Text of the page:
In 1916, my father was a young boy who’d broken a truck he got for Christmas. Now was the time of reckoning, and he was scared. His mother had filled the bathtub and given each youngster a half walnut shell containing a lit candle. The vessels floated on the water to represent the arrival of the New Year. Dad couldn’t enjoy the festivities. He sat in the corner, his toys around him, knowing that at any moment the Asche Weib would arrive to take them all away.
Out With a Bang
I grew up in an urban area in the Bronx, New York City. We lived in an 18-family apartment building in a four-room apartment, but the rooms were large. My parents would invite the other 17 families for New Year’s Eve. At midnight, my Uncle John would lead a parade of children through the hallways like the Pied Piper, with pots, pans and any other homemade noisemaker we could find. The sounds echoed through the stairwells, but no one complained because they were all at the party.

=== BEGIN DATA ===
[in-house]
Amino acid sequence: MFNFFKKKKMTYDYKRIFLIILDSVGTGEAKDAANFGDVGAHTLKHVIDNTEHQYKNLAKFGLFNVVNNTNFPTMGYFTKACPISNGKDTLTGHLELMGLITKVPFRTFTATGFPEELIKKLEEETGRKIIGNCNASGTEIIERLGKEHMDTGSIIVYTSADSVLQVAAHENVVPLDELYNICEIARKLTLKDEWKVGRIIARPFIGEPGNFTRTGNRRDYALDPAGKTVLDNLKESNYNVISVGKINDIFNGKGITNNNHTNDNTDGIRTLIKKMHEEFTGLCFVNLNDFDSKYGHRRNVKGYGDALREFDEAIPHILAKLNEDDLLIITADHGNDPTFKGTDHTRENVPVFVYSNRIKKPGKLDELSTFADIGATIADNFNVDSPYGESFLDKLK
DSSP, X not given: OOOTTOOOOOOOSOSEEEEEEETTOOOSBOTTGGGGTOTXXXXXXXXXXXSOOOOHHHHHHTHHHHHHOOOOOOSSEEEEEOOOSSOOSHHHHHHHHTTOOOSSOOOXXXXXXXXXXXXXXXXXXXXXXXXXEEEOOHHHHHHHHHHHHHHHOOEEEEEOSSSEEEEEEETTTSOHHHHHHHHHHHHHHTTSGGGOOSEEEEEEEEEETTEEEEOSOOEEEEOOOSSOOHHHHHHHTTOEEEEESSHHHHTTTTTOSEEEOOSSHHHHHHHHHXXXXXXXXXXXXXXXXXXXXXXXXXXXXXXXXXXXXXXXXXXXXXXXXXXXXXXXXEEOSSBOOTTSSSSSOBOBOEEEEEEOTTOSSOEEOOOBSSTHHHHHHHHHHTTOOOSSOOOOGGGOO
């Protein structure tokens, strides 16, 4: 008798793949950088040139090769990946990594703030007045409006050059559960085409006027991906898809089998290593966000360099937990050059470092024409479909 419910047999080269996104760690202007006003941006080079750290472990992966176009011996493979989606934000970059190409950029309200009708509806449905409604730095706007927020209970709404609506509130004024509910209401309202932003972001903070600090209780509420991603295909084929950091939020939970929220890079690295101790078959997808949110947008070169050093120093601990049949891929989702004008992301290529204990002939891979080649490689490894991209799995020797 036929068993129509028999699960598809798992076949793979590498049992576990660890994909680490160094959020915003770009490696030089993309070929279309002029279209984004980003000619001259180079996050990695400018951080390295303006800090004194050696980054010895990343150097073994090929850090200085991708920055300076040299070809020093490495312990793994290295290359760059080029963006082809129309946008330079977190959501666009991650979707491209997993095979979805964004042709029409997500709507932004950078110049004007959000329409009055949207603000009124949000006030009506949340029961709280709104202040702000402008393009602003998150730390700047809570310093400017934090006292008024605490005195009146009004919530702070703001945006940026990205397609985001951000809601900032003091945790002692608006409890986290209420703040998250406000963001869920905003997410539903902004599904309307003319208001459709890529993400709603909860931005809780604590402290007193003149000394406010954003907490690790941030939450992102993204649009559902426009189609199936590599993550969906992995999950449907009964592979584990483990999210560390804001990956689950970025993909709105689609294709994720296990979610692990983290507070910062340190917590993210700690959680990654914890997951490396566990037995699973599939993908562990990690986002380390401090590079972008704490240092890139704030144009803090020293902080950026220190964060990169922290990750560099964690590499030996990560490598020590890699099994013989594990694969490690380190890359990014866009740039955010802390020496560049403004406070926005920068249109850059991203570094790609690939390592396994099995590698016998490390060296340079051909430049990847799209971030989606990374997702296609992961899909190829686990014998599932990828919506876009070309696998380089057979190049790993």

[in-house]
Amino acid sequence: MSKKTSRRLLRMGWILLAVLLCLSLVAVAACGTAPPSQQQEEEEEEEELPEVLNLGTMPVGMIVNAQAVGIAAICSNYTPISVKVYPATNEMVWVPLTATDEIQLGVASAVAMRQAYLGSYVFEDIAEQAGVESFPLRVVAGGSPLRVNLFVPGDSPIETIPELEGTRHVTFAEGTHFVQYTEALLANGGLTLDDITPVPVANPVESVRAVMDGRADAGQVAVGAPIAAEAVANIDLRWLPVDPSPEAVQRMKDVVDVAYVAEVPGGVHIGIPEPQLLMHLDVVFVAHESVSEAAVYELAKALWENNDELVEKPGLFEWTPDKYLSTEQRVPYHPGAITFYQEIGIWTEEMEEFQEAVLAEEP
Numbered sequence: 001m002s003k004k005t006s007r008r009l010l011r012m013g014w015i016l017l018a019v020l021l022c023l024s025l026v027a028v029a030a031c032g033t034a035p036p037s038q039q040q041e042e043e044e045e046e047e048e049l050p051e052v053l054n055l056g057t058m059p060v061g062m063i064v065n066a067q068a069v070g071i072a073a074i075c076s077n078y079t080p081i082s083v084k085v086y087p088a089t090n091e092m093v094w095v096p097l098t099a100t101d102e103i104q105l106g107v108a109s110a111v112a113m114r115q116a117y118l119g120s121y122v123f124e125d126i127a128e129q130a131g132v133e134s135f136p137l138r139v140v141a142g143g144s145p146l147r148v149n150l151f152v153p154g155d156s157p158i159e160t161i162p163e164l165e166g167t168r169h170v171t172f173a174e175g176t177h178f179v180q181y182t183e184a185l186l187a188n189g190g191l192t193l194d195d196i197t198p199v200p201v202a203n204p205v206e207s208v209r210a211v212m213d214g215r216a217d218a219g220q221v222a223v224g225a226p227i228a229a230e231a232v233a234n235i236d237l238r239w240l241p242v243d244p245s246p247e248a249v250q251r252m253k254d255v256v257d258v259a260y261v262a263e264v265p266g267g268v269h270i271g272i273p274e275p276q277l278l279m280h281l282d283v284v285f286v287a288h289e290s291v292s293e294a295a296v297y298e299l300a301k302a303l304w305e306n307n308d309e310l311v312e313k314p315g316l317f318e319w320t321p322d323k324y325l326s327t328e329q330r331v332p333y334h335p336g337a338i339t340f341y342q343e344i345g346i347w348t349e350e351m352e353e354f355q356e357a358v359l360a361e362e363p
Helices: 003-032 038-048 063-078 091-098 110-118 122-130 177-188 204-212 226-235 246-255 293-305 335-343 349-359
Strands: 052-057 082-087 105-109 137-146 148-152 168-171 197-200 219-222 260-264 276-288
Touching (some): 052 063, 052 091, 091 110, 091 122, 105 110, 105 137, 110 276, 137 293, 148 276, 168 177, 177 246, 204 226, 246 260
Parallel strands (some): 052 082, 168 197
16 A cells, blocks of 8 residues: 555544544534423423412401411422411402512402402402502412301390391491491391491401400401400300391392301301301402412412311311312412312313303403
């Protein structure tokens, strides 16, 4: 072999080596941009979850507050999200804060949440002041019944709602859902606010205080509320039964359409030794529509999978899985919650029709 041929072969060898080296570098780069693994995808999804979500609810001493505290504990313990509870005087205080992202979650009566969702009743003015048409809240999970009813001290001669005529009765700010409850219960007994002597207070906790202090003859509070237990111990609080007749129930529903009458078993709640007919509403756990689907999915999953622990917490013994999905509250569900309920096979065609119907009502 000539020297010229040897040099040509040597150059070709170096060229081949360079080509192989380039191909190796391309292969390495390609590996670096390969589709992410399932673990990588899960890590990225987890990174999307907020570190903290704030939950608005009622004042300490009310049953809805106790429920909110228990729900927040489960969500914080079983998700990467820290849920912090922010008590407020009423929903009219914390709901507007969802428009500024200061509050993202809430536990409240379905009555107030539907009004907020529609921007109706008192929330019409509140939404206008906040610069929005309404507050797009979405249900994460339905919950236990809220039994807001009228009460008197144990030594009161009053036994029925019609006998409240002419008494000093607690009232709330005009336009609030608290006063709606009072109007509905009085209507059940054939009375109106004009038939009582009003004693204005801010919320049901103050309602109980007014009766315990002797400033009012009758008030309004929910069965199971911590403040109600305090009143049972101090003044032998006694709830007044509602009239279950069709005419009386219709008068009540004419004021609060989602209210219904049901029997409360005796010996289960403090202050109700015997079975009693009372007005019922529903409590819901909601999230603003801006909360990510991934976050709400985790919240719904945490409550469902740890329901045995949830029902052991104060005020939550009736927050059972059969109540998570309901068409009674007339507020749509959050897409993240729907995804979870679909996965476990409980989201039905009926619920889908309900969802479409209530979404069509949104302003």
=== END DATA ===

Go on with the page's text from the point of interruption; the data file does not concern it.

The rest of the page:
Our family tradition for New Year’s didn’t involve celebratory noise, a banquet of food or hours of football. It was more about hope and optimism. Each New Year’s Day, there’d be a hefty silver dollar on the sink ledge. It came from the small treasury of silver dollars our great-uncle gifted to each child. We’d all start Jan. 1 by washing our hands with that coin. It signified that the new year would bring sufficient money to see us through, and all would be well.
Grandma Knows Best
Now Dad is gone and my mom has great-grandchildren. The grandkids have taken over most of the New Year’s responsibilities. Instead of going out, they enjoy watching their nieces and nephews. What a great legacy!
I helped her determine that her Ransom was much younger than the man who married in 1870. I won the Bible.
The dealer, who lived in Maine, wrote me that the Bible had come in a group of books from New Hampshire. She was happy to see it returned to its family. There in Great-grandfather’s spidery hand was the record of his marriage and the births of his three beloved sons, the last born 127 years ago. Where has this precious Bible been over the years? We’ll probably never know. Serendipity has safely returned it to the Kennicott family, where we hope it will long remain.
Jane Kenicott Lillard Miller » Arlington, Va.